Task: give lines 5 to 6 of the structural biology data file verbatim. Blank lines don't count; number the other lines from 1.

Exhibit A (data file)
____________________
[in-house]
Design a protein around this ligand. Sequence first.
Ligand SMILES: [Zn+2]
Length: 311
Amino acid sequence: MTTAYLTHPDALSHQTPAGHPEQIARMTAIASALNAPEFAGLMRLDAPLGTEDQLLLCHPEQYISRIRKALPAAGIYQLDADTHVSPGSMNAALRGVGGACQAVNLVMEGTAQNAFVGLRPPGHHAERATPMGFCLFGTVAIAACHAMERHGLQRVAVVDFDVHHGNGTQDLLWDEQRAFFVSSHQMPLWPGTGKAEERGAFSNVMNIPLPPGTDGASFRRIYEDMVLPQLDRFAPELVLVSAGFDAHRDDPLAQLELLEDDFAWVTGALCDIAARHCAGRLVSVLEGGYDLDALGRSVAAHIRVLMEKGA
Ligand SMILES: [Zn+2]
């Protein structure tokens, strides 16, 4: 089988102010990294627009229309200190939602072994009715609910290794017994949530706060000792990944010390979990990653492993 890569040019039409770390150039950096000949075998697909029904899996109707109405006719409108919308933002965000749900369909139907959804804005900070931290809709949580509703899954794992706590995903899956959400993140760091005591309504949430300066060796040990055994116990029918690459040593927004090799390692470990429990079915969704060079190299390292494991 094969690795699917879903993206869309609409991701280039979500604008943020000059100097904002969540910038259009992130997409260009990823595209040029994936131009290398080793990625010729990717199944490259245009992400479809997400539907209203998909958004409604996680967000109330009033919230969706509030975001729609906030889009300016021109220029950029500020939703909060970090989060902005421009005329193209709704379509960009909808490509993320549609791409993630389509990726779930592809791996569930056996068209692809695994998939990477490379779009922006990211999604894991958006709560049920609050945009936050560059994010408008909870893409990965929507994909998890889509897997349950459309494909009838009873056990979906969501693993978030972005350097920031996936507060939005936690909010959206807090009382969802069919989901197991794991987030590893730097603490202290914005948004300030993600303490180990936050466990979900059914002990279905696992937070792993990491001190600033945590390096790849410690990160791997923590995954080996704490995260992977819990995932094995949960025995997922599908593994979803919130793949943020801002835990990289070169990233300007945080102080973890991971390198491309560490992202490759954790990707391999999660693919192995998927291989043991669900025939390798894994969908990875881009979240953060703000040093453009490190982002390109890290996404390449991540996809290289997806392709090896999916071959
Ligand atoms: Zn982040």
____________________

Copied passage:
Amino acid sequence: MTTAYLTHPDALSHQTPAGHPEQIARMTAIASALNAPEFAGLMRLDAPLGTEDQLLLCHPEQYISRIRKALPAAGIYQLDADTHVSPGSMNAALRGVGGACQAVNLVMEGTAQNAFVGLRPPGHHAERATPMGFCLFGTVAIAACHAMERHGLQRVAVVDFDVHHGNGTQDLLWDEQRAFFVSSHQMPLWPGTGKAEERGAFSNVMNIPLPPGTDGASFRRIYEDMVLPQLDRFAPELVLVSAGFDAHRDDPLAQLELLEDDFAWVTGALCDIAARHCAGRLVSVLEGGYDLDALGRSVAAHIRVLMEKGA
Ligand SMILES: [Zn+2]